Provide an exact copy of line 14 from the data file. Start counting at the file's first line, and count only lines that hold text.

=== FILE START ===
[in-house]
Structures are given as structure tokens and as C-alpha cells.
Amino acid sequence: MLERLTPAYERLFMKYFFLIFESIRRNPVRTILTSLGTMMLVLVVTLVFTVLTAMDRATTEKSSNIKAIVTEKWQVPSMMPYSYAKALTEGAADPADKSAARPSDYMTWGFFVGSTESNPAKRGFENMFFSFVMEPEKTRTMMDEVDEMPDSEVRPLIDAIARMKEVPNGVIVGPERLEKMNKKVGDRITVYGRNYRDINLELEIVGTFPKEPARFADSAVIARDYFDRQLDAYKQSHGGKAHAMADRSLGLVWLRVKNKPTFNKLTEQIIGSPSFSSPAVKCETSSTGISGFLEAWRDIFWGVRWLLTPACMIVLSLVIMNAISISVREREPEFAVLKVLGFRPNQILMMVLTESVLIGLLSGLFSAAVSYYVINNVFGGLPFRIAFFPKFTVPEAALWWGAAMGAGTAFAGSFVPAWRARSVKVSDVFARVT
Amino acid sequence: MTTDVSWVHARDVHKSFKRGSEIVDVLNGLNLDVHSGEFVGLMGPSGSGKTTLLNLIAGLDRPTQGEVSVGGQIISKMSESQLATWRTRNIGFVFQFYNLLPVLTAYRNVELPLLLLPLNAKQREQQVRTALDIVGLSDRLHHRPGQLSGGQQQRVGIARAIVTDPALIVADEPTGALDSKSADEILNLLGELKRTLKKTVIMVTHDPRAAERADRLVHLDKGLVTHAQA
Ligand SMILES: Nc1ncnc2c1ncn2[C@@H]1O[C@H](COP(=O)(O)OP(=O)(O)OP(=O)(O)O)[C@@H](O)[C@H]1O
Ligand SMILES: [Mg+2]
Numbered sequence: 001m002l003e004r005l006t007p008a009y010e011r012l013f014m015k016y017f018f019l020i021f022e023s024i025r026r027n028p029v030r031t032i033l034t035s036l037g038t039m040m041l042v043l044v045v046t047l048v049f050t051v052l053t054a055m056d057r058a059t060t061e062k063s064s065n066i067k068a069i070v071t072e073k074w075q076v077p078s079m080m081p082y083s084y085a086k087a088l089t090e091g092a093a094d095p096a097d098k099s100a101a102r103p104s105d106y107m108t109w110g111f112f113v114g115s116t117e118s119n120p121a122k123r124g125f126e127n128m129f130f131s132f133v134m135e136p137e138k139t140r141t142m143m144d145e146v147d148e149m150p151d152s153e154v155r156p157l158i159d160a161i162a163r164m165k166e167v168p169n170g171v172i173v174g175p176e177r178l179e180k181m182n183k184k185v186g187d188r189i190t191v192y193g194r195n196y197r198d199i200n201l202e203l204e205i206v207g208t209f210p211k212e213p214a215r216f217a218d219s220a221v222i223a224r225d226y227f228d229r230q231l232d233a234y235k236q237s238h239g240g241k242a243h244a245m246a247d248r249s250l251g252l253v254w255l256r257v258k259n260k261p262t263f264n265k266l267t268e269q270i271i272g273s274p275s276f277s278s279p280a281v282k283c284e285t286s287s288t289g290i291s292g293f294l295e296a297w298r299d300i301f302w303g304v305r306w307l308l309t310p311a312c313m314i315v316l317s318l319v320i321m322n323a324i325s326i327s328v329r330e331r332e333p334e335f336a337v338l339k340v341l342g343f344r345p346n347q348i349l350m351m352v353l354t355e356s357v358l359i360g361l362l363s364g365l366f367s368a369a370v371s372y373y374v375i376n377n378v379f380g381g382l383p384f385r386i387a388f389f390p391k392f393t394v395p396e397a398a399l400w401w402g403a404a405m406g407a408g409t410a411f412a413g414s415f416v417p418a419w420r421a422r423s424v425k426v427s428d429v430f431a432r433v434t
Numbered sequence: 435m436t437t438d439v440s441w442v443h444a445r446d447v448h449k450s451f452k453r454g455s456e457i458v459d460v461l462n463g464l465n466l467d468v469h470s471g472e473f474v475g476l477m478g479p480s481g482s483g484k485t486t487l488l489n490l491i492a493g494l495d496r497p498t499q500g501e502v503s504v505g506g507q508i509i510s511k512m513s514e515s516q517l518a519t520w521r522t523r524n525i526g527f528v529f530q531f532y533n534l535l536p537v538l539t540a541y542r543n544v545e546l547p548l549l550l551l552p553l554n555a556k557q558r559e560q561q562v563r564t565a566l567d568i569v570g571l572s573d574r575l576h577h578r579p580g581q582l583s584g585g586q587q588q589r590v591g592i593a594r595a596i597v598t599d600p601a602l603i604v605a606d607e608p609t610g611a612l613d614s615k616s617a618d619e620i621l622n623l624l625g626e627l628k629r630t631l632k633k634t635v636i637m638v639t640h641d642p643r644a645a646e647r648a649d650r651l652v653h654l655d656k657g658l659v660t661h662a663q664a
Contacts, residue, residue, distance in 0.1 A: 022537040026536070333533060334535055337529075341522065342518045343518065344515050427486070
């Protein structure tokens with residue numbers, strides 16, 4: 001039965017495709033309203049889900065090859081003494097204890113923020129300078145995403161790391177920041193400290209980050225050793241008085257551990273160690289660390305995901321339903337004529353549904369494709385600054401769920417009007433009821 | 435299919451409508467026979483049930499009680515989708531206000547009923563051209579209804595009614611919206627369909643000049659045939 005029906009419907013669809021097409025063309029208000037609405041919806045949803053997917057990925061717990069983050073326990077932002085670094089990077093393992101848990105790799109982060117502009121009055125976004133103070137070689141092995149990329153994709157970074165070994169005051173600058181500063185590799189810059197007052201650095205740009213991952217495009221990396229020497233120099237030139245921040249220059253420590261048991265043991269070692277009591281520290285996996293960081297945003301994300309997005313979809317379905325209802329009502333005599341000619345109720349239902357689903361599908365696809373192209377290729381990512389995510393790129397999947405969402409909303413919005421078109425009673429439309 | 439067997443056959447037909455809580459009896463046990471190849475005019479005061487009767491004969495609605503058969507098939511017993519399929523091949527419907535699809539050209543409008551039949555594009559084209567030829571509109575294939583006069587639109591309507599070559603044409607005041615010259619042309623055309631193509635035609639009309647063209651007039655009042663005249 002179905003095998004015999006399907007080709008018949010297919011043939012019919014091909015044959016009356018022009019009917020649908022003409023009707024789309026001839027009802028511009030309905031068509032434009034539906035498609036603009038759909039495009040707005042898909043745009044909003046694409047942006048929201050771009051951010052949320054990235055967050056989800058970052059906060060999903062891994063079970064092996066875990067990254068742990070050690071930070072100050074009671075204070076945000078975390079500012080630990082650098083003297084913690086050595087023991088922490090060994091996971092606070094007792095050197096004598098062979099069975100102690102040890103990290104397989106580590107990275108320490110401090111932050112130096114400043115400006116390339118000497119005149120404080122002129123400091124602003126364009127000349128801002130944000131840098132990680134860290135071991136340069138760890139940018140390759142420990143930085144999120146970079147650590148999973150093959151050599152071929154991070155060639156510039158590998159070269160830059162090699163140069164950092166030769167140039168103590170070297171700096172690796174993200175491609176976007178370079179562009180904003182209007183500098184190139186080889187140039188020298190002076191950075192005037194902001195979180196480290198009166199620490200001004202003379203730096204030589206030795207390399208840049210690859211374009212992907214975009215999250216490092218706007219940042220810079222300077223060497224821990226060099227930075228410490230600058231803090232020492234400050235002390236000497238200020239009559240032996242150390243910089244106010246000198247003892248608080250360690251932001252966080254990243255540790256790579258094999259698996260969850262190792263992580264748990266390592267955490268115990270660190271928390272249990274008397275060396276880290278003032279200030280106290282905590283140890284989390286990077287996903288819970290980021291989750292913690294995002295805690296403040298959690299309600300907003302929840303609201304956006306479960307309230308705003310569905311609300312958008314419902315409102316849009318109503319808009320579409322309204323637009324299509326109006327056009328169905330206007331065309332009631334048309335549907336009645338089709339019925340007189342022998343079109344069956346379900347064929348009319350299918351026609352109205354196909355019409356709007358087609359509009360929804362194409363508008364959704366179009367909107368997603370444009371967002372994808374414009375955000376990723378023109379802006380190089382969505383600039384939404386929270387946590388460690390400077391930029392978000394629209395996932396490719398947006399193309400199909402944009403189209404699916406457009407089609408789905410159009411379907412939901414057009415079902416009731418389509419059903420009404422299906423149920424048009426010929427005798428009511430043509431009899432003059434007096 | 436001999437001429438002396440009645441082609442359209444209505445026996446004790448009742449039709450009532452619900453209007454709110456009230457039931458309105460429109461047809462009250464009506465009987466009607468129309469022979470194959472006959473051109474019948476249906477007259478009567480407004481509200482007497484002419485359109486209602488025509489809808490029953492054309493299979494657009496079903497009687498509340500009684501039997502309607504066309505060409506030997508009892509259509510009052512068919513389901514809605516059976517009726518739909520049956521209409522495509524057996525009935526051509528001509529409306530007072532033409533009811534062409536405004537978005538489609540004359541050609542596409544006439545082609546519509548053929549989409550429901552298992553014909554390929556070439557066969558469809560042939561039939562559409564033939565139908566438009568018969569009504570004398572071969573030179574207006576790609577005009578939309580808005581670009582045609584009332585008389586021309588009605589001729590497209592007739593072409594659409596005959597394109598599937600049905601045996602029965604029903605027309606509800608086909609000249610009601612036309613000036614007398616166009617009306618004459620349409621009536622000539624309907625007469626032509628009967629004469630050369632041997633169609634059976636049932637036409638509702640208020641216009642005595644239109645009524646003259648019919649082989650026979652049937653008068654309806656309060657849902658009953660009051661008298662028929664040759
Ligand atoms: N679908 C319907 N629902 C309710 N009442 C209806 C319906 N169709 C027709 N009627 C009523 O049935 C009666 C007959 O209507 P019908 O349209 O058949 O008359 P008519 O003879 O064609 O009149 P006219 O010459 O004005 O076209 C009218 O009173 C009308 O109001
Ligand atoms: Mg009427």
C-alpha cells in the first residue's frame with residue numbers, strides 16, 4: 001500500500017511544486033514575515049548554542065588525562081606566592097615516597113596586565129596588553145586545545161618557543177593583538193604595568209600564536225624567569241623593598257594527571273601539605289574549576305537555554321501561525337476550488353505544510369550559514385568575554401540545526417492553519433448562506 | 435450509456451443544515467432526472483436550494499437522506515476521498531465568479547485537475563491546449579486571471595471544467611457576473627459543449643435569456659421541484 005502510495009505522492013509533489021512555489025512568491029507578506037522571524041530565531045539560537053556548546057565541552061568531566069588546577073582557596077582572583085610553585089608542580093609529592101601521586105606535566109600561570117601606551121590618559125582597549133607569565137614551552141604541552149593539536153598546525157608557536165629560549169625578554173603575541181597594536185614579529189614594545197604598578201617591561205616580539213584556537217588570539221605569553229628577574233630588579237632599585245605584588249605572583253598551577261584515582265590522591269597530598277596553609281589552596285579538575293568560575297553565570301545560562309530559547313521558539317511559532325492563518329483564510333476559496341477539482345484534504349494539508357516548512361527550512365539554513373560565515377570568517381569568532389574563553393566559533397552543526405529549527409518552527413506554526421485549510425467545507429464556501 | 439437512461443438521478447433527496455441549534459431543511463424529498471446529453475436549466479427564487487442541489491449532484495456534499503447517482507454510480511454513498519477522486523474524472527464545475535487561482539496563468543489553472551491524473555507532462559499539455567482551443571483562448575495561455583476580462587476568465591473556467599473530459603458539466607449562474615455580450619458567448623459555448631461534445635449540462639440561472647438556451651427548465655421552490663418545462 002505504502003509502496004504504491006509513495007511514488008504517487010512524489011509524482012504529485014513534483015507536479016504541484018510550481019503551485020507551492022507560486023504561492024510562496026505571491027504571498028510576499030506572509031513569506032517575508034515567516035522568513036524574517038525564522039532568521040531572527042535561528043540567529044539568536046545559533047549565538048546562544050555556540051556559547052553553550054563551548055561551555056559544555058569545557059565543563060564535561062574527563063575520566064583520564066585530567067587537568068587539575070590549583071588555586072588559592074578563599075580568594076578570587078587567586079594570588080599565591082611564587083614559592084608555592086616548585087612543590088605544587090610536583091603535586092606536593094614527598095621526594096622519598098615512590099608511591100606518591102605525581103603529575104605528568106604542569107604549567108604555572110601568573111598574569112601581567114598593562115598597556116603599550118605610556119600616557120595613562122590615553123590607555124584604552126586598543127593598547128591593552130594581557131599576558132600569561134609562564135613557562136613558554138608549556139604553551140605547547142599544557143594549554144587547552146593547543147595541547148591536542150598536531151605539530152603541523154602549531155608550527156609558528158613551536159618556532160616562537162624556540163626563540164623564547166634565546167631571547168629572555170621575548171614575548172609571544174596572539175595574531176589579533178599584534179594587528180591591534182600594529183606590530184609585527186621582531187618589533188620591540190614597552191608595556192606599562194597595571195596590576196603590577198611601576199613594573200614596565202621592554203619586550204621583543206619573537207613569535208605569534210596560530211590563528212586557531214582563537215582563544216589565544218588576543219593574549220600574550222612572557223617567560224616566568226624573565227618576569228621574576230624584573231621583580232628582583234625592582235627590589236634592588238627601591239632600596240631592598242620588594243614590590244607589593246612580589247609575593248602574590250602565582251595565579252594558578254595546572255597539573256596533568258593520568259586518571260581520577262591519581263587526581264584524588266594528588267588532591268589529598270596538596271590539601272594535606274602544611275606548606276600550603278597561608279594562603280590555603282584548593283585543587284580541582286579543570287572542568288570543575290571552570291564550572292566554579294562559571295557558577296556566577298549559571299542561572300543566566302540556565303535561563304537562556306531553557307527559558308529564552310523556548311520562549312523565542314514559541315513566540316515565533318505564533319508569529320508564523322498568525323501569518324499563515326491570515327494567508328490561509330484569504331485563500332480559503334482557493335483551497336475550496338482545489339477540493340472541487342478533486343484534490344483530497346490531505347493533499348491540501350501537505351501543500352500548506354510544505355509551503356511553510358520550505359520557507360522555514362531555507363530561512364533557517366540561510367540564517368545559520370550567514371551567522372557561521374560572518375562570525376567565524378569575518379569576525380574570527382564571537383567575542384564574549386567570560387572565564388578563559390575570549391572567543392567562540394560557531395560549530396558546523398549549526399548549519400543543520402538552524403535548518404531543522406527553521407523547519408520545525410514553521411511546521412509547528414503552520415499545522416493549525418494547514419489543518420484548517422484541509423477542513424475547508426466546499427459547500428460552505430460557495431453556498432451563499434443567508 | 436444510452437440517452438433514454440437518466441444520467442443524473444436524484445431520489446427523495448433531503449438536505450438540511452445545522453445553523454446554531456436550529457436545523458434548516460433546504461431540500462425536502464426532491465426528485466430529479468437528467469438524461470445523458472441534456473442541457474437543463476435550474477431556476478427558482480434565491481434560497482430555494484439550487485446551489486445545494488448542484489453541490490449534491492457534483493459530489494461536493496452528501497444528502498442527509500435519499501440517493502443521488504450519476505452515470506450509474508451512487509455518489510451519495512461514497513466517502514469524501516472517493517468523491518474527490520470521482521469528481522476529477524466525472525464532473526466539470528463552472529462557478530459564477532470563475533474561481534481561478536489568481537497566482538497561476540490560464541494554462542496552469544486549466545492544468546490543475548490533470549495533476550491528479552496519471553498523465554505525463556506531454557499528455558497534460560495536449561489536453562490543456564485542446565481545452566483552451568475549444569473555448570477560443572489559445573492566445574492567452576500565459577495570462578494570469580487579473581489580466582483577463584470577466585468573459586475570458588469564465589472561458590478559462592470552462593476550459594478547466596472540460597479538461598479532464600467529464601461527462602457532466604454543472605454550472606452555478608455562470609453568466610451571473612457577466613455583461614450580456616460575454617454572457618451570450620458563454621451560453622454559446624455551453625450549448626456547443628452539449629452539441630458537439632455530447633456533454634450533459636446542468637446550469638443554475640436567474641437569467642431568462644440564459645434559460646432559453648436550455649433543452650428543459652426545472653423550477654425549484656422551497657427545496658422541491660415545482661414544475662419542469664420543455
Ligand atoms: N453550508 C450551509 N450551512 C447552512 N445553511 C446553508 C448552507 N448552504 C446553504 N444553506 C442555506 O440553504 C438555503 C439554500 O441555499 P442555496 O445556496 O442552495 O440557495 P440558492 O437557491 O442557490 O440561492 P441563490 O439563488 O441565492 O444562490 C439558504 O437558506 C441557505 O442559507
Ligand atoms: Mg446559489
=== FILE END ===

Ligand atoms: N453550508 C450551509 N450551512 C447552512 N445553511 C446553508 C448552507 N448552504 C446553504 N444553506 C442555506 O440553504 C438555503 C439554500 O441555499 P442555496 O445556496 O442552495 O440557495 P440558492 O437557491 O442557490 O440561492 P441563490 O439563488 O441565492 O444562490 C439558504 O437558506 C441557505 O442559507